GENESIS (General Ethnographic and Nursing Evaluation Studies In the State) is a tested and proven community analysis strategy that integrates ethnographic and epidemiologic data to arrive at a comprehensive, holistic description of the health of a community and its residents. Communities analyzed in most project GENESIS studies have been rural or semirural. ACTION (Assessing Communities Together in the Identification Of Needs) is an extension of the GENESIS community analysis model that was developed to meet the unique needs of community-level research and analysis in an urban, multicultural setting. Significant differences in the context in which the ACTION projects took place necessitated extensions in specific components of the GENESIS model. Application of the GENESIS model by the ACTION team is described. Based on the experiences with ACTION, recommendations are offered for future urban, multicultural community analysis projects.
PubMed ID
8677234 View in PubMed
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Admission criteria and diversity in medical school.

https://arctichealth.org/en/permalink/ahliterature113996
Source
Med Educ. 2013 Jun;47(6):557-61
Publication Type
Article
Date
Jun-2013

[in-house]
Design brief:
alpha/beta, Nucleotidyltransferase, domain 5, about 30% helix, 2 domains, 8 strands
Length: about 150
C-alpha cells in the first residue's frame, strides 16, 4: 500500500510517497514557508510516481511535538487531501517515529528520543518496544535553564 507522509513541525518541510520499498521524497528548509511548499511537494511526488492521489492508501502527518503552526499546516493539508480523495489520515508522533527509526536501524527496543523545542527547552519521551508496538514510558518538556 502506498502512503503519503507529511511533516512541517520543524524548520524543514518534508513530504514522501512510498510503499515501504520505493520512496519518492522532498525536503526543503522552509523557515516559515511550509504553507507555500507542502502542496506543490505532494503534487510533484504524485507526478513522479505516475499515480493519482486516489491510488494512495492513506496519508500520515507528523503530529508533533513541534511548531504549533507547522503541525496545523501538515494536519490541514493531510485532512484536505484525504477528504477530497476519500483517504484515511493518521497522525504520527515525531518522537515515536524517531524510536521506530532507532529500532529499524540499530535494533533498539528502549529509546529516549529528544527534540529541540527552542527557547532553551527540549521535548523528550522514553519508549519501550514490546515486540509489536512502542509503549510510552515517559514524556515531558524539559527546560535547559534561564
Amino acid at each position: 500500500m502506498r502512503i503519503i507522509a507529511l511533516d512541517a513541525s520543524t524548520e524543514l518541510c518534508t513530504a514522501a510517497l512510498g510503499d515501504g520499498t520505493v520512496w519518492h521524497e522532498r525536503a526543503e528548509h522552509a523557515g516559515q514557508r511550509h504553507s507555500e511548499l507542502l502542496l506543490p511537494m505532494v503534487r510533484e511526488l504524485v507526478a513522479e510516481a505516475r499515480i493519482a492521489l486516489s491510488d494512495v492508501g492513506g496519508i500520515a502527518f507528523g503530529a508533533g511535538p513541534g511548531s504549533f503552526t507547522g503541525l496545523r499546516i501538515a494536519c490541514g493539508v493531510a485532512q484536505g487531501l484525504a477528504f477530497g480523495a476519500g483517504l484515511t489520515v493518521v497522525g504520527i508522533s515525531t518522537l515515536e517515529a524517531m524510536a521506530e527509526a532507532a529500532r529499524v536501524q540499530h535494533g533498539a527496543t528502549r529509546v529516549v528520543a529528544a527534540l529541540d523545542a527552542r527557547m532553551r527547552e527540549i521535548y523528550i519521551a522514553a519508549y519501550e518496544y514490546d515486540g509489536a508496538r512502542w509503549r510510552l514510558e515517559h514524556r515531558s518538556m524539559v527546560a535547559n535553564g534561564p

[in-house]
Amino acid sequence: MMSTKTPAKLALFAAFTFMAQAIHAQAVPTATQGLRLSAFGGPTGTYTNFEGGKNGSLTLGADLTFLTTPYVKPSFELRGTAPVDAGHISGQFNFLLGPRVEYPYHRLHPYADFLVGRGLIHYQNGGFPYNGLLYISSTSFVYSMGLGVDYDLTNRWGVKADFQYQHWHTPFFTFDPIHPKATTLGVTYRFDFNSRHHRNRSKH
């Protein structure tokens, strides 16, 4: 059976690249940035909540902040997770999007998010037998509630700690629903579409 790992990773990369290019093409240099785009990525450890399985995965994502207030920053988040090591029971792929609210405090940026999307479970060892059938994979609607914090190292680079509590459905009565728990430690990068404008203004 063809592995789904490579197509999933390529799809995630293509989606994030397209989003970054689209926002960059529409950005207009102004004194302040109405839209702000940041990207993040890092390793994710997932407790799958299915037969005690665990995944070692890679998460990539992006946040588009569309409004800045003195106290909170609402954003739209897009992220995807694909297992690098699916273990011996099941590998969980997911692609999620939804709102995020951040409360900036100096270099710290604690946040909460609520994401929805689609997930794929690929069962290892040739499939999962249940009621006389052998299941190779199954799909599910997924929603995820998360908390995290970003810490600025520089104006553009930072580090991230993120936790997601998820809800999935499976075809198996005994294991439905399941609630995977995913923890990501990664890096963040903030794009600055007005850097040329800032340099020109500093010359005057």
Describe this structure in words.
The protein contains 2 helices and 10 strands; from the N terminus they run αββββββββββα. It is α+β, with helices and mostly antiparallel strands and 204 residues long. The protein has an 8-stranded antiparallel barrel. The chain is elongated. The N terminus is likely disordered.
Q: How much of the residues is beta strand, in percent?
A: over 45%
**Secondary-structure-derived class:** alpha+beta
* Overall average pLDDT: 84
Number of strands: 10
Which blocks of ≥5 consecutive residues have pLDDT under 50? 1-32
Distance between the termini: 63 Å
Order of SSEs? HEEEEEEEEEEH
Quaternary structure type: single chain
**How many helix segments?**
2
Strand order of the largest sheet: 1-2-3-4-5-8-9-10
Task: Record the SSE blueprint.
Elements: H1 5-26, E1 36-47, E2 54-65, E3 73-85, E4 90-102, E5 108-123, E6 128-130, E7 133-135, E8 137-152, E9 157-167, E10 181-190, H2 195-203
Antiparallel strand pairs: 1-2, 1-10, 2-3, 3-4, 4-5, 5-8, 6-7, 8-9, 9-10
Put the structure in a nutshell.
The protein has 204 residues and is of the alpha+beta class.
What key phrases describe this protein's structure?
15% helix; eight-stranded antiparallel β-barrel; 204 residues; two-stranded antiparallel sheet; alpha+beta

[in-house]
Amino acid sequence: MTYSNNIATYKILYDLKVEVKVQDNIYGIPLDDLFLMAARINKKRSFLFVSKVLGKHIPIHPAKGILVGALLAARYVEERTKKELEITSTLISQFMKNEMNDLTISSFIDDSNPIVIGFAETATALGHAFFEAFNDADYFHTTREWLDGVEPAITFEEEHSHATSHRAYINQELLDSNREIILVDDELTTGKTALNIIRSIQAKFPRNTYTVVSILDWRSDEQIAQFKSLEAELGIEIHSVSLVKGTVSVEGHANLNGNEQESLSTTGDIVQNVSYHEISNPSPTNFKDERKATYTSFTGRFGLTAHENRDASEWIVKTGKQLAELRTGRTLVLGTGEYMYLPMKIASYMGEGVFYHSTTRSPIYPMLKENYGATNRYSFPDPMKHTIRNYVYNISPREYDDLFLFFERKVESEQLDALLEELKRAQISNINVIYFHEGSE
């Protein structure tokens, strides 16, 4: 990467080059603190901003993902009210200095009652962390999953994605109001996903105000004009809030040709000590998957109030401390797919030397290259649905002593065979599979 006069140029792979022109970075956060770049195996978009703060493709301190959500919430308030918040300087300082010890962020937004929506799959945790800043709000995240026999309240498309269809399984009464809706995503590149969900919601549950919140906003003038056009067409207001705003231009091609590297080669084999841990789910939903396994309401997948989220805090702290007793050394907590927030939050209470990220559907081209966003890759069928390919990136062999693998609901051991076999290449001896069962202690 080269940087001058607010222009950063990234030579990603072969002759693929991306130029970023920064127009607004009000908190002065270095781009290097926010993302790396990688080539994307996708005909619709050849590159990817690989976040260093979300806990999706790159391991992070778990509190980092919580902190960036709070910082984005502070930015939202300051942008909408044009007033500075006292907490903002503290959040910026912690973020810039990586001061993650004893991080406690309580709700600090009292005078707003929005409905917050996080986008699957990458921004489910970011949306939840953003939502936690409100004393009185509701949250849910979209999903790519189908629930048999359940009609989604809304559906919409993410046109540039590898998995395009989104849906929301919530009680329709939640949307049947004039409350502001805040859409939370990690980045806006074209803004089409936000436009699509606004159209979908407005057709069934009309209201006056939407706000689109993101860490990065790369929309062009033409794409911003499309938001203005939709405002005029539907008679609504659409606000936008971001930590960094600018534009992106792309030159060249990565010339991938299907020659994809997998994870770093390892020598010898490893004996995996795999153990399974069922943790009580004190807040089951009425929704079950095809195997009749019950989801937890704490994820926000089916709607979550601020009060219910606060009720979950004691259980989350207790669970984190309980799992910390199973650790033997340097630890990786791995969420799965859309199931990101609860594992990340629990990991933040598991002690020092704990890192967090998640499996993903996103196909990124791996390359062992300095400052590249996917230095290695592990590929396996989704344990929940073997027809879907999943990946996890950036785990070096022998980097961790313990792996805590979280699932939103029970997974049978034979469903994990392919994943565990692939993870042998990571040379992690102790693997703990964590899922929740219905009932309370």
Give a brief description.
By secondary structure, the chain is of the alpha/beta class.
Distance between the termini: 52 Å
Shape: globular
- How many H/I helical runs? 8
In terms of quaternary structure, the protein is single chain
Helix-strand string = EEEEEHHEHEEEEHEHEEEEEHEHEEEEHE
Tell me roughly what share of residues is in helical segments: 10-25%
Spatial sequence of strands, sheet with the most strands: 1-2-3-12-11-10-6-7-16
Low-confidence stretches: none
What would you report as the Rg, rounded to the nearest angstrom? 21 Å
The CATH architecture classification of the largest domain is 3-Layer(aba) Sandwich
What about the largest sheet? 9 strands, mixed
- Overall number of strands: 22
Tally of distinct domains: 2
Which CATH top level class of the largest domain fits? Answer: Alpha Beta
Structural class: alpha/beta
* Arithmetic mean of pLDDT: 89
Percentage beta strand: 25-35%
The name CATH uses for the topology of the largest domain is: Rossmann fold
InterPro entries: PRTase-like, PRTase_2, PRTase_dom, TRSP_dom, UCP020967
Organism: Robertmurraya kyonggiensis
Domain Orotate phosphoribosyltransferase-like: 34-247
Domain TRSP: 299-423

Author
Lotte O'Neill
Maria C Vonsild
Birgitta Wallstedt
Tim Dornan
Author Affiliation
Centre of Medical Education, Aarhus University, Aarhus, Denmark. lotte@medu.au.dk
Source
Med Educ. 2013 Jun;47(6):557-61
Date
Jun-2013
Language
English
Publication Type
Article
Keywords
Adult
Career Choice
Cross-Sectional Studies
Cultural Diversity
Denmark
Education, Medical - statistics & numerical data
Educational Measurement
Educational Status
Female
Humans
Male
Parents - education
Prospective Studies
School Admission Criteria
Schools, Medical - statistics & numerical data
Socioeconomic Factors
Students, Medical - statistics & numerical data
Underachievement
Young Adult
Abstract
The under-representation in medical education of students from lower socio-economic backgrounds is an important social issue. There is currently little evidence about whether changes in admission strategies might increase the diversity of the medical student population. Denmark introduced an 'attribute-based' admission track to make it easier for students who may not be eligible for admission on the 'grade-based' track to be admitted on the basis of attributes other than academic performance. The aim of this research was to examine whether there were significant differences in the social composition of student cohorts admitted via each of the two tracks during the years 2002-2007.
This prospective cohort study included 1074 medical students admitted during 2002-2007 to the University of Southern Denmark medical school. Of these, 454 were admitted by grade-based selection and 620 were selected on attributes other than grades. To explore the social mix of candidates admitted on each of the two tracks, respectively, we obtained information on social indices associated with educational attainment in Denmark (ethnic origin, father's education, mother's education, parenthood, parents living together, parent in receipt of social benefits).
Selection strategy (grade-based or attribute-based) had no statistically significant effect on the social diversity of the medical student population.